How to install a DIY pendant light

Upgrade a daggy light fitting in minutes – without a sparkie – with a DIY pendant light.

Bunnings magazine, May 2020

Tools and materials

50mm angled paintbrush

Ceiling paint

DIY plug in pendant kit

Light bulb

Safety equipment



A DIY pendant works by replacing the old light bulb with an adaptor that plugs into the existing bayonet batten fixing.

Turn off the power before installing, wear gloves and safety glasses in case of broken glass, and dispose of the old bulb responsibly.

We used Brilliant ‘Milly’ DIY suspension light in Gloss White, which uses an Edison bulb (not included), and these instructions relate to that product; use them as a guide, and refer to the specific instructions in your chosen kit.

1. Safety check

Turn power off. Set up a stepladder on a stable surface. Remove old light shade. Use a screwdriver to check the screws in the batten holder are tight and it can support the new light.

Unscrewing an old light fitting

2. Remove old light bulb

Gently twist the old light bulb to the left to remove it, leaving the batten holder attached to the ceiling.

Tip: If needed, touch up the ceiling paint using a 50mm angled brush.

Removing a light globe

3. Unscrew the old pendant

Unscrew the DIY pendant’s cord anchor and slide the cover 200mm down the cord.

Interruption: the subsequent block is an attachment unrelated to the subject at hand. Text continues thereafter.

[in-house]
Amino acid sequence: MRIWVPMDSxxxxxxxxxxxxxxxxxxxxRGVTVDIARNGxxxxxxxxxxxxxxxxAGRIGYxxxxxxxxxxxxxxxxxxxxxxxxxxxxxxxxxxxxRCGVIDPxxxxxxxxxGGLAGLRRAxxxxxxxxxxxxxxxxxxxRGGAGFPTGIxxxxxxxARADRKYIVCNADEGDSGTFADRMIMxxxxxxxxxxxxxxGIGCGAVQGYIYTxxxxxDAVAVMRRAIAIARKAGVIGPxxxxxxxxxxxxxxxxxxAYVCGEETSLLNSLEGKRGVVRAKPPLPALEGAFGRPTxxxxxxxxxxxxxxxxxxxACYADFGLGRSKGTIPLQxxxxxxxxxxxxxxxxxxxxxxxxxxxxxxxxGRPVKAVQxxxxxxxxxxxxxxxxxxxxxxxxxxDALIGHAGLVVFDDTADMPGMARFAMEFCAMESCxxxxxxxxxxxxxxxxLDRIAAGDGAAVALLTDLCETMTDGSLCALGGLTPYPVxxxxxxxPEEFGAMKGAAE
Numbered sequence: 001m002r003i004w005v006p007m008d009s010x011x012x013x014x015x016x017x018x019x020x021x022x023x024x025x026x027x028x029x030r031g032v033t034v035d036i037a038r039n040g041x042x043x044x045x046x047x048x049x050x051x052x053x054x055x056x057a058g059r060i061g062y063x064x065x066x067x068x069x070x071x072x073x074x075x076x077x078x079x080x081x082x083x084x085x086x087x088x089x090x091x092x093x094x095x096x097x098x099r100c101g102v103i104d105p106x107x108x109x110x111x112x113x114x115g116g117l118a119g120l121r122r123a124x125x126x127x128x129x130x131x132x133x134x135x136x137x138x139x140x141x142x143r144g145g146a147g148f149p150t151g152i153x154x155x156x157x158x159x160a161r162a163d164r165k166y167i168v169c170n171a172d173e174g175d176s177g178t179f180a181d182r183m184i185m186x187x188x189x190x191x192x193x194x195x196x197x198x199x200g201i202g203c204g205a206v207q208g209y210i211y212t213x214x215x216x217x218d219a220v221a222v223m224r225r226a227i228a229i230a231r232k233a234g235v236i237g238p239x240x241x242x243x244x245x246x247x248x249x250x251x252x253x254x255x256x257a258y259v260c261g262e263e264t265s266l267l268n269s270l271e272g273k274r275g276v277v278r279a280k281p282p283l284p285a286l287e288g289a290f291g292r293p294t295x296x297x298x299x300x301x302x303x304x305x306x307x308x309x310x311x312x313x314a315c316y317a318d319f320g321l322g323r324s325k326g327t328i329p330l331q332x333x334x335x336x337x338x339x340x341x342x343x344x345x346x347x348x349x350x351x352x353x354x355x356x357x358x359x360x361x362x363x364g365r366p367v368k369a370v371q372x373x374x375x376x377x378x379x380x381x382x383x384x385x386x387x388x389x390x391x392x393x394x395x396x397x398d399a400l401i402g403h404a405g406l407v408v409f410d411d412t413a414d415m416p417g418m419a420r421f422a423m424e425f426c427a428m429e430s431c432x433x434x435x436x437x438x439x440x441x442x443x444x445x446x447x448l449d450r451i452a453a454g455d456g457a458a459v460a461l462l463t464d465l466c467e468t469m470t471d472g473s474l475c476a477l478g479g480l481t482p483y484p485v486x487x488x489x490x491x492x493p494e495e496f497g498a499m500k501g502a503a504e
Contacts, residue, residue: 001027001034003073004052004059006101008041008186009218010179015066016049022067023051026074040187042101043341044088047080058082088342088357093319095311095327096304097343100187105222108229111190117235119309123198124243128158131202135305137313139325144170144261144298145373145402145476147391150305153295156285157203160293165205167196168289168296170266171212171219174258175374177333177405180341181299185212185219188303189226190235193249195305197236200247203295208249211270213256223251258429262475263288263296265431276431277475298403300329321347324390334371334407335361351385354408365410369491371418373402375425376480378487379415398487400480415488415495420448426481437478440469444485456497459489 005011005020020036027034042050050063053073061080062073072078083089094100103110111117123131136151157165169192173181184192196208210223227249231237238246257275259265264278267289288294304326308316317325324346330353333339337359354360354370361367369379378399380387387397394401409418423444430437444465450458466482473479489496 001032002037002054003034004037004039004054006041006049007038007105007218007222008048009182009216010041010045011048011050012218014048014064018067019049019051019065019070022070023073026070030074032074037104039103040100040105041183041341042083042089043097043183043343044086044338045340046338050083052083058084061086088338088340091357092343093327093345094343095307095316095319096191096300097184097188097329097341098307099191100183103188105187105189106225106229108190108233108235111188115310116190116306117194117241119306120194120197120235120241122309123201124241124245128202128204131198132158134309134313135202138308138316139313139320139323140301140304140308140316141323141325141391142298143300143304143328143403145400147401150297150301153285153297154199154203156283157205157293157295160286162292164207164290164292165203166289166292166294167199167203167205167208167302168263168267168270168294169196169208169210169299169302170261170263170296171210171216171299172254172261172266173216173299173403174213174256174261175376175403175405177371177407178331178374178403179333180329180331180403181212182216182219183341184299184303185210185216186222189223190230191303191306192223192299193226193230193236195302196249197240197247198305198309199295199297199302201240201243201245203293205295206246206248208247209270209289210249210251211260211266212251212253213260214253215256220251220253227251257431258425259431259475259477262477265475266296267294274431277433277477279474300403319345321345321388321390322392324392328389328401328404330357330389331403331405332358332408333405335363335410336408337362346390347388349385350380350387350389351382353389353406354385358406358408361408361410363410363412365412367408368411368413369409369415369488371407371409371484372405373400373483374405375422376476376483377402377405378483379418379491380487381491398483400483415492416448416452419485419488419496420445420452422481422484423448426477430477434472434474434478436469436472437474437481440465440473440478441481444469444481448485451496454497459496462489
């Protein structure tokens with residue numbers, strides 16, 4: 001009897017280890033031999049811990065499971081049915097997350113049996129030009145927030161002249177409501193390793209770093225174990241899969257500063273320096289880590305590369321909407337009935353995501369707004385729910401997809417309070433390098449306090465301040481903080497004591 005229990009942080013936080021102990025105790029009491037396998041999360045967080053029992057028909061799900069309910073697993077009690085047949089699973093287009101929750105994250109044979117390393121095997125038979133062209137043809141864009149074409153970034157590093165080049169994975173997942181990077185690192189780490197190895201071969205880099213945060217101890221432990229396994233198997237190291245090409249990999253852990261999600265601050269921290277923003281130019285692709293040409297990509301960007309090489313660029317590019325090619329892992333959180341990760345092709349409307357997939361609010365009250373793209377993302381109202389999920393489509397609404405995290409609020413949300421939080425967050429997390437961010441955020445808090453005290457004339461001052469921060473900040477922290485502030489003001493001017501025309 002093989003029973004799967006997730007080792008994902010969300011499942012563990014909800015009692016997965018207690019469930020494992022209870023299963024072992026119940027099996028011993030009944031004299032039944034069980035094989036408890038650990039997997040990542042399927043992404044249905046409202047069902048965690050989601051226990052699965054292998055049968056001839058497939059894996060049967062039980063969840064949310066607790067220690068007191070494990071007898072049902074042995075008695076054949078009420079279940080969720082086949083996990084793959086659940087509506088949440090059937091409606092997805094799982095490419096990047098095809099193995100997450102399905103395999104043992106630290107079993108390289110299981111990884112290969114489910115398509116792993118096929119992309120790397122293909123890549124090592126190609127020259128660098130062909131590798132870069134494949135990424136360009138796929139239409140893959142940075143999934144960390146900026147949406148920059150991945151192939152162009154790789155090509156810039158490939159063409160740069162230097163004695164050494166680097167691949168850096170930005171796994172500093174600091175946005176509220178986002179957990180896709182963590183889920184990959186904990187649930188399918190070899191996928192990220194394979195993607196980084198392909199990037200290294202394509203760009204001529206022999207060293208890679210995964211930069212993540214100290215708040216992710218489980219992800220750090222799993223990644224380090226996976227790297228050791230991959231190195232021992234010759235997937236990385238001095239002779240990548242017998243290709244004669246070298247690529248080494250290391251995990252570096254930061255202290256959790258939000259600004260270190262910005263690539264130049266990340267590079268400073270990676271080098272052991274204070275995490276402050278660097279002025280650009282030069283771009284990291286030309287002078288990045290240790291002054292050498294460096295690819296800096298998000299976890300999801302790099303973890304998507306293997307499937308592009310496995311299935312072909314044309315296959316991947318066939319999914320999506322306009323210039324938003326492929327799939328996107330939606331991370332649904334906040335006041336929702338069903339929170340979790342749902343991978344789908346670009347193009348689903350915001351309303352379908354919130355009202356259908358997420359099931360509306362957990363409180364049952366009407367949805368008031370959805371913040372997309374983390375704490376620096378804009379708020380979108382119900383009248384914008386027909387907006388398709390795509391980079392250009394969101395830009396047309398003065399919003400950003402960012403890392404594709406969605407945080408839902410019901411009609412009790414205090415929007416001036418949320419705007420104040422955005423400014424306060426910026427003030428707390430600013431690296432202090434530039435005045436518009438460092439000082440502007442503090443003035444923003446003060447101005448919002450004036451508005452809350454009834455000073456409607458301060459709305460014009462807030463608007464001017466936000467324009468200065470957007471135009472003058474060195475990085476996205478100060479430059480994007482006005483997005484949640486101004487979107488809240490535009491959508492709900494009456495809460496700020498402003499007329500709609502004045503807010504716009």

Taking a new electrical fitting

4. Fit the plug

To fit the plug, line the pins up with the slots in the batten holder, push up gently and twist to the right. Tug gently to check it is secure.

Connecting a new electrical fitting

5. Position cover

Slide the cover up and over the batten holder to position against the ceiling, then tighten the cord anchor to hold it in place.

Screwing the fitting tight to ensure it's fixed

6. Install the bulb

Install an Edison bulb inside the attached shade by twisting it to the right. Turn the power back on and switch on the light.

Adding in a new globe

Photo credit: Larnie Nicolson, Natasha Dickins.

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Health & Safety

Please make sure you use all equipment appropriately and safely when following the advice in these D.I.Y. videos. You need to be familiar with how to use equipment safely and follow the instructions that came with the equipment. If you are unsure, you may feel it is safest to consult an expert, such as the manufacturer or an expert Bunnings Team Member.

Grave health hazards are linked to asbestos, which may be in homes built up to 1990. Health hazards may result from exposure to lead-based paints in older materials and copper chromium arsenic (CCA) treated timber. For information on the dangers of asbestos, lead-based paint and CCA treated timber and tips for dealing with these materials contact your local council's Environmental Health Officer or visit our Health & Safety page. You can also use a simple test kit from Bunnings to indicate the presence of lead-based paint.
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